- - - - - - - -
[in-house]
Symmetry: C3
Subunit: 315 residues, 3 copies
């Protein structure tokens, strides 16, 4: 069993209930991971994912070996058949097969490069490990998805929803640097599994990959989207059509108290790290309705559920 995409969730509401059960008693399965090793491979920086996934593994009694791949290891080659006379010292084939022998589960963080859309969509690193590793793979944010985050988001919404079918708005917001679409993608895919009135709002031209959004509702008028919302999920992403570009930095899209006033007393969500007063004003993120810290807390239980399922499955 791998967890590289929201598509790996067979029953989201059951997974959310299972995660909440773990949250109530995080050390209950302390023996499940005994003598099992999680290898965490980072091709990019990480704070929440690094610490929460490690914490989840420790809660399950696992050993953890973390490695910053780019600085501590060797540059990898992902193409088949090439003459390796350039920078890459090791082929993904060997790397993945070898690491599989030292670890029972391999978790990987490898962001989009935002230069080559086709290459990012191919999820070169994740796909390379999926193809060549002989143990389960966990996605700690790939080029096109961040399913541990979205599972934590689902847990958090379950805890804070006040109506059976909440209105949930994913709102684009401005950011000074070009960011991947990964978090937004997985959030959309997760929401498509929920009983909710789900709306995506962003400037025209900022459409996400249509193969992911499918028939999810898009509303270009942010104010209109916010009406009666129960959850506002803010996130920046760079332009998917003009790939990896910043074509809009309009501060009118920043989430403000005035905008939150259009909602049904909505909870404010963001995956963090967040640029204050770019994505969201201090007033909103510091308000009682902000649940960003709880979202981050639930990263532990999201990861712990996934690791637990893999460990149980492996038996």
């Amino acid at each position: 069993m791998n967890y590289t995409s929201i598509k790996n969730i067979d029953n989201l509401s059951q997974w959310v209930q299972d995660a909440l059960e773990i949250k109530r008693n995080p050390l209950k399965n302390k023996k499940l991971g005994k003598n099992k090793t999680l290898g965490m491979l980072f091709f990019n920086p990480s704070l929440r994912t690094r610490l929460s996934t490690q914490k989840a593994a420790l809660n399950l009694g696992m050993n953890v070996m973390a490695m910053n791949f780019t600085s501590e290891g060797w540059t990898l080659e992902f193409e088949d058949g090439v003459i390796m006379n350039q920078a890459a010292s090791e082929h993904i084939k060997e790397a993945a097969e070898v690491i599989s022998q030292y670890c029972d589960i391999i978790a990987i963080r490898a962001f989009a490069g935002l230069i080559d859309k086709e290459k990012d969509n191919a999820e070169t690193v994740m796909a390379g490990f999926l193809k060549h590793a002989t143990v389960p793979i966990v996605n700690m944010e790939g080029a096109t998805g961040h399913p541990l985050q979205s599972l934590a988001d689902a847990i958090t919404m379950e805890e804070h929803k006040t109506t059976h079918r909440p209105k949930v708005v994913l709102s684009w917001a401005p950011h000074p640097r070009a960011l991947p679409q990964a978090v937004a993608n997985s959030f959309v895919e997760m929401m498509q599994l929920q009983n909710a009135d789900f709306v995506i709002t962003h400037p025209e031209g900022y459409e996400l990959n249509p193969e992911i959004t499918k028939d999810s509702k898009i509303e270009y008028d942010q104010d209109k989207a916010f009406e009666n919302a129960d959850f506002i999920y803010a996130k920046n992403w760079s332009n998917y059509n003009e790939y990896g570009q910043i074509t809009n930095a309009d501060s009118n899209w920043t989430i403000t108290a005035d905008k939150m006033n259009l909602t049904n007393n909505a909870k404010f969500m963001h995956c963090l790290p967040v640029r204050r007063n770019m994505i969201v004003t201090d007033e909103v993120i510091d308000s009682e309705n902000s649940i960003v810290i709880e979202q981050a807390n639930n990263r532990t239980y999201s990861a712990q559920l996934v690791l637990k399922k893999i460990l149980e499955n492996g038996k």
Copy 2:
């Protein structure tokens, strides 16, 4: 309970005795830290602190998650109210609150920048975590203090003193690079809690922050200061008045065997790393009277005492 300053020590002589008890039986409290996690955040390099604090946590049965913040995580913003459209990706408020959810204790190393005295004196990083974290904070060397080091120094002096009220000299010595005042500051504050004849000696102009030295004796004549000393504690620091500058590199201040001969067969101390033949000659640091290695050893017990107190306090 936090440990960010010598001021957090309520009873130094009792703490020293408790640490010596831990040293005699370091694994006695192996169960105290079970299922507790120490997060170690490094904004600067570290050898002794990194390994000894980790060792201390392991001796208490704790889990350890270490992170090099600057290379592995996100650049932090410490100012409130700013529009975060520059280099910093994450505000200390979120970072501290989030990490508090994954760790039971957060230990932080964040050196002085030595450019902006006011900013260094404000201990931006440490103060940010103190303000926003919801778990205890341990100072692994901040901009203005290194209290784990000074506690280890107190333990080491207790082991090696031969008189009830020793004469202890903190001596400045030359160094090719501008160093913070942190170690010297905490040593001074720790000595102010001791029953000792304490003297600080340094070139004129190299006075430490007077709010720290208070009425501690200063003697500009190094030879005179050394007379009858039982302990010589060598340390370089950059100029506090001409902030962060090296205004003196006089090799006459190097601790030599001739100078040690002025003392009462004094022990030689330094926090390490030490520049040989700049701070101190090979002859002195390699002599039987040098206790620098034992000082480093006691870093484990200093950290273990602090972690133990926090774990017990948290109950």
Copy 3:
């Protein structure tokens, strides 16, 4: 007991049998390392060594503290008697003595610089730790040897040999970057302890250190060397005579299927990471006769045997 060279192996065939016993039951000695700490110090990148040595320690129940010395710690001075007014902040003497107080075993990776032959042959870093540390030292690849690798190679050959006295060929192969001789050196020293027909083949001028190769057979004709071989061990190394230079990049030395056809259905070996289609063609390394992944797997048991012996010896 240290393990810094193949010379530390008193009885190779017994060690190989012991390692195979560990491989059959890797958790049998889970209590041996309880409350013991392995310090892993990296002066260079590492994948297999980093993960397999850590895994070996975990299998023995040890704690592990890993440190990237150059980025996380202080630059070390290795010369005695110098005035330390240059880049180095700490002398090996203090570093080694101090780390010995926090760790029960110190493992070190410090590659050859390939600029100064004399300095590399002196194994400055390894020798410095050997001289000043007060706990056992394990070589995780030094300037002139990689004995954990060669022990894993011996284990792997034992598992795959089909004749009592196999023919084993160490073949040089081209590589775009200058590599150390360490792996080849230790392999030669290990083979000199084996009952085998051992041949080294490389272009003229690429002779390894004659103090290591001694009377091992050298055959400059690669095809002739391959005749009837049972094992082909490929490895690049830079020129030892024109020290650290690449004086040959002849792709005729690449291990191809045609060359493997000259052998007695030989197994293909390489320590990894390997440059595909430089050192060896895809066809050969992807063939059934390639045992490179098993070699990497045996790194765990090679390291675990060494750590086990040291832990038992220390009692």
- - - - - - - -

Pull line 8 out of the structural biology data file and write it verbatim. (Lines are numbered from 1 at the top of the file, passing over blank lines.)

Copy 3: